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Health and Family Services Cabinet
Law Protects Babies, Parents Who Safely Surrender Them; 4-year-old Safe Infants Act gives parents another option

Press Release Date:  Monday, June 05, 2006  
Contact Information:  Anya Armes Weber, (502) 564-6180; Vikki Franklin, (502) 564-7042; or Lisa Durbin, (502) 564-2136  

FRANKFORT, Ky. (June 5, 2006) – Pregnant women concerned about becoming parents have help from a law that allows them to safely surrender their newborns.   

Since 2002, the Thomas J. Burch Safe Infants Act has allowed parents or someone acting on their behalf to anonymously place infants that they cannot care for at selected “safe havens.” The law has resulted in10 babies being placed in the care of the Cabinet for Health and Family Services (CHFS).

Parents may leave a baby up to 72 hours old at any hospital, with emergency medical services (EMS) personnel or with any firefighter or police officer. Parents remain anonymous and cannot be pursued or prosecuted unless an abandoned infant shows signs of abuse or neglect.

Supporters of the law intended it to eliminate incidents of newborns being left in unsafe locations outdoors or in trash cans, restrooms or other public places.

“The primary goal of the law is to keep babies from being tragically abandoned with no one even knowing about it,” said Lisa Durbin, manager of the CHFS Child Safety Branch. “Women in crisis or who may have hidden a pregnancy can ensure their baby will be safe with this law.”

Durbin said that since July, two babies have died after being unsafely abandoned by their mothers.

“If those parents had known about the law, those tragedies could have been avoided,” she said.

Unsafe baby abandonment is considered child abuse and neglect.

Babies left at one of these safe places are examined and, if needed, treated at a hospital. CHFS then places them with foster parents who are interested in adopting. Parents have 30 days to reconsider leaving their baby. After that time, CHFS asks the courts to terminate parental rights, freeing the baby for adoption.

“All but one abandonment occurred in hospitals just after delivery,” Durbin said.

At the identified safe places to leave a baby, parents can receive an information packet that includes coded bracelets for parent and baby and voluntary medical disclosure forms that can be left with the baby or returned by mail. The information helps caregivers determine treatment for the baby and is kept confidential.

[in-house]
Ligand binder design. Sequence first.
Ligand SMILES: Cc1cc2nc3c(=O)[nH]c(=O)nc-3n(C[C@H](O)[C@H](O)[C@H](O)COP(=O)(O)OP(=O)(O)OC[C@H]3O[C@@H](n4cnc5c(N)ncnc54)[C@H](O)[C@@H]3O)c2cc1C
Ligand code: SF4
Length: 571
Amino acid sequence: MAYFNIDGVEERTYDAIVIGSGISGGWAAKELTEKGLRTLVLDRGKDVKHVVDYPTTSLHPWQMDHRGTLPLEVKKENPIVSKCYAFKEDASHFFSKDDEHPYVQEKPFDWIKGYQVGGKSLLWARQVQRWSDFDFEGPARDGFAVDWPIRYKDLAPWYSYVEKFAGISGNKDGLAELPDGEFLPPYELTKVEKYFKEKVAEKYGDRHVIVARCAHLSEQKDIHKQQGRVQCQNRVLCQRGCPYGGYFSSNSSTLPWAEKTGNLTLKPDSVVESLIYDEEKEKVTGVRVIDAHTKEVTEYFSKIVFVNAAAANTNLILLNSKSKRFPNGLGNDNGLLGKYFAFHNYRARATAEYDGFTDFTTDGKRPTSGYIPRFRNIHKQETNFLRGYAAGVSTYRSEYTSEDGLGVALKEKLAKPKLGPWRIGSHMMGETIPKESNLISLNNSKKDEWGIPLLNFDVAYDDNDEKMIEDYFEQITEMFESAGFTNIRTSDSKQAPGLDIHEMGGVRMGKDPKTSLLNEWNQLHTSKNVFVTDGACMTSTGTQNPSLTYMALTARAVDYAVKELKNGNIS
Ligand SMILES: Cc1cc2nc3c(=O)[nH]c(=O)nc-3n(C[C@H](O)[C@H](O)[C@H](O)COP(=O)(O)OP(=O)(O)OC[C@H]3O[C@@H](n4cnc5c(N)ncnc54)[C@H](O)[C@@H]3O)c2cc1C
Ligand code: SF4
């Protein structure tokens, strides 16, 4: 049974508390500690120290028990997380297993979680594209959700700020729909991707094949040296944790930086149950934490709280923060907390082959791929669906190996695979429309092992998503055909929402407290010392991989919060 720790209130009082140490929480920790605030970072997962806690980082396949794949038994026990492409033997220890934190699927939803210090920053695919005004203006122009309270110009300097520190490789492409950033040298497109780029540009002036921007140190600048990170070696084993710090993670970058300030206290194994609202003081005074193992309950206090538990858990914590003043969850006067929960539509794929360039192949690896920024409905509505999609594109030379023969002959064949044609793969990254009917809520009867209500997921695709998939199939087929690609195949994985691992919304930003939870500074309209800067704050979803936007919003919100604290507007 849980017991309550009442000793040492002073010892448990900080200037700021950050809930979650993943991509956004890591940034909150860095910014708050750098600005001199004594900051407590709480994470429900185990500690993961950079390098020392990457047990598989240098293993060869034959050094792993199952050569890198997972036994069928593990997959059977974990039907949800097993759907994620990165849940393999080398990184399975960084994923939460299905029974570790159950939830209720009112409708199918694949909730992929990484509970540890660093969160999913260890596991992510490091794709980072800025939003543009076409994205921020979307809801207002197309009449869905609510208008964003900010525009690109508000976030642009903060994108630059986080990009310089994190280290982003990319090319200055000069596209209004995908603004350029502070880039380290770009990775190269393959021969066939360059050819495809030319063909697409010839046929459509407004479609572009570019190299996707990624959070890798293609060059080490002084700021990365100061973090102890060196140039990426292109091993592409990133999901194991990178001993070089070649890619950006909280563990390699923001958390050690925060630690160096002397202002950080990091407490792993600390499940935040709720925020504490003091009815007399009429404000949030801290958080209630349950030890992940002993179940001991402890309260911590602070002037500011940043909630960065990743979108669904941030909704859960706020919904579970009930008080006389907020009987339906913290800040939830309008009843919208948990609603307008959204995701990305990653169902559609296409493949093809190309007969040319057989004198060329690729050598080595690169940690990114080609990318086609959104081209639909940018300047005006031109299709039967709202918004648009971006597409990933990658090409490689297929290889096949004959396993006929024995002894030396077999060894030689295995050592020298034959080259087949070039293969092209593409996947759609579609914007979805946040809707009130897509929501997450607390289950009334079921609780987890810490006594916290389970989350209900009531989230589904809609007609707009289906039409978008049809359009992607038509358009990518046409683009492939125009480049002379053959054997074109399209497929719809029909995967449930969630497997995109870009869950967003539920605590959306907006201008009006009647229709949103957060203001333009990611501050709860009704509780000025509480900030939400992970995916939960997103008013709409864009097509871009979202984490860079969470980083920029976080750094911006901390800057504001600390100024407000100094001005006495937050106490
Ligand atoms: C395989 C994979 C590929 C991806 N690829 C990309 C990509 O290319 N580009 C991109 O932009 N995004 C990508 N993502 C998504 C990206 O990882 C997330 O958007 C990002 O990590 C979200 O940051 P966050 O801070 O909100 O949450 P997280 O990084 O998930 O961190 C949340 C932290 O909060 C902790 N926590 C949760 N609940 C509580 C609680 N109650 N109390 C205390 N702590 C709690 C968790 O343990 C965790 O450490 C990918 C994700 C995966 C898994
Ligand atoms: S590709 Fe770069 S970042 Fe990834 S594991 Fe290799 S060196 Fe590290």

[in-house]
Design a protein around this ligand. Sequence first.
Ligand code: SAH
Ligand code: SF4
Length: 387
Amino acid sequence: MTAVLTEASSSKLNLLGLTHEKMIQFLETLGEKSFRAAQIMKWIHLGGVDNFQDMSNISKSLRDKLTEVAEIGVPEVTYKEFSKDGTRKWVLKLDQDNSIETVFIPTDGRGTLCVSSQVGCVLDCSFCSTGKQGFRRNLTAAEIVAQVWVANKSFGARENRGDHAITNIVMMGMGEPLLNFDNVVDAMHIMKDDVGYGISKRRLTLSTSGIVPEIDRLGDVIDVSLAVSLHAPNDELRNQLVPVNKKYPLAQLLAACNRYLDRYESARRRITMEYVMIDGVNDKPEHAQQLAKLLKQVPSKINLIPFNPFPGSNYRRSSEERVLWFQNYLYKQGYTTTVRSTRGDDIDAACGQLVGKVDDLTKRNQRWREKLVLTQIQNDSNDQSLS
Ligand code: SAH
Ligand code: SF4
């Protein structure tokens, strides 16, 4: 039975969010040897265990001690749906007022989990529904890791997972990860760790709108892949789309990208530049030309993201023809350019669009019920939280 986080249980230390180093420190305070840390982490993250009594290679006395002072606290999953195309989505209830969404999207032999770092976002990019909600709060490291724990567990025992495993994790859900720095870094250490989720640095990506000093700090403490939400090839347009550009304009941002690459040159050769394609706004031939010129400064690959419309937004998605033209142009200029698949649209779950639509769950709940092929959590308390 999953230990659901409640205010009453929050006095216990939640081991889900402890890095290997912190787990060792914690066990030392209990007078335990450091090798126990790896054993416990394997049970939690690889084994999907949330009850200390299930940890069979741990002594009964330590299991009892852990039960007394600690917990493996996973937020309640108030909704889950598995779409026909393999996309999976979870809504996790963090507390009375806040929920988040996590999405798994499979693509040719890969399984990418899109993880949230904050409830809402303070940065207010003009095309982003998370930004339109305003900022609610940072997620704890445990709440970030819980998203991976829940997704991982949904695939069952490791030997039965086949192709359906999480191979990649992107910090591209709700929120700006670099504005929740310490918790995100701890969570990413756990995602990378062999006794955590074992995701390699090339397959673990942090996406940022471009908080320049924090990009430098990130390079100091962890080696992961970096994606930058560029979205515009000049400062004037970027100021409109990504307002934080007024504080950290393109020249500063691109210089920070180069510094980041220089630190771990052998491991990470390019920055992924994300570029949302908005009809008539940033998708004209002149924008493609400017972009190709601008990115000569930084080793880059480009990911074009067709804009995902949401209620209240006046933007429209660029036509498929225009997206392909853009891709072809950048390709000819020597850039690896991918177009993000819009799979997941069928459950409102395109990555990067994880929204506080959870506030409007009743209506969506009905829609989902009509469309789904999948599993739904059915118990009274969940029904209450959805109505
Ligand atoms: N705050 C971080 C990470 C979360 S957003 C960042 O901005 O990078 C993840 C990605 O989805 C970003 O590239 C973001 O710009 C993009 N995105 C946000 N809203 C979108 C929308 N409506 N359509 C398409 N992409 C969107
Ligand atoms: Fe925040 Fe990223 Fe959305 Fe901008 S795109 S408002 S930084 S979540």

Durbin said the parents’ medical history is important in determining the future needs of the child.

The packet also includes a brochure teaching mothers how to care for themselves after delivery.

In eight of the 10 cases of safe surrender since 2002, the children have been adopted.

CHFS’ protection and permanency office worked with one mother who came forward to be reunited with her child, Durbin said.

Durbin said her office is distributing Safe Infants Act information to advocates across the state through Community Collaboration for Children Regional Networks in each of CHFS' 16 regions.

Local health departments, Prevent Child Abuse Kentucky and the Kentucky Board of Emergency Medical Services/Children’s EMS are also providing literature.

“We appreciate the support in order to raise awareness about the law – particularly to women who might have second thoughts about motherhood or teens who feel they have few options,” Durbin said.

“Placing a child for adoption is a difficult choice,” she said, “and it takes a great deal of strength and courage to put a child’s needs above your own. This law helps parents to be able to do this in a safe and planned way.”

Women who know they will want to surrender their baby can plan for adoption through CHFS even before their babies are born.

And families who want to keep their babies, but fear it will be a struggle, can get support and referrals to other service agencies through CHFS.

All pregnant women who need help with prenatal care may get assistance at their local health departments.

Learn more about the Safe Infants law online at

Find out more about adoption by calling CHFS at (800) 232-KIDS. 

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Last Updated 6/5/2006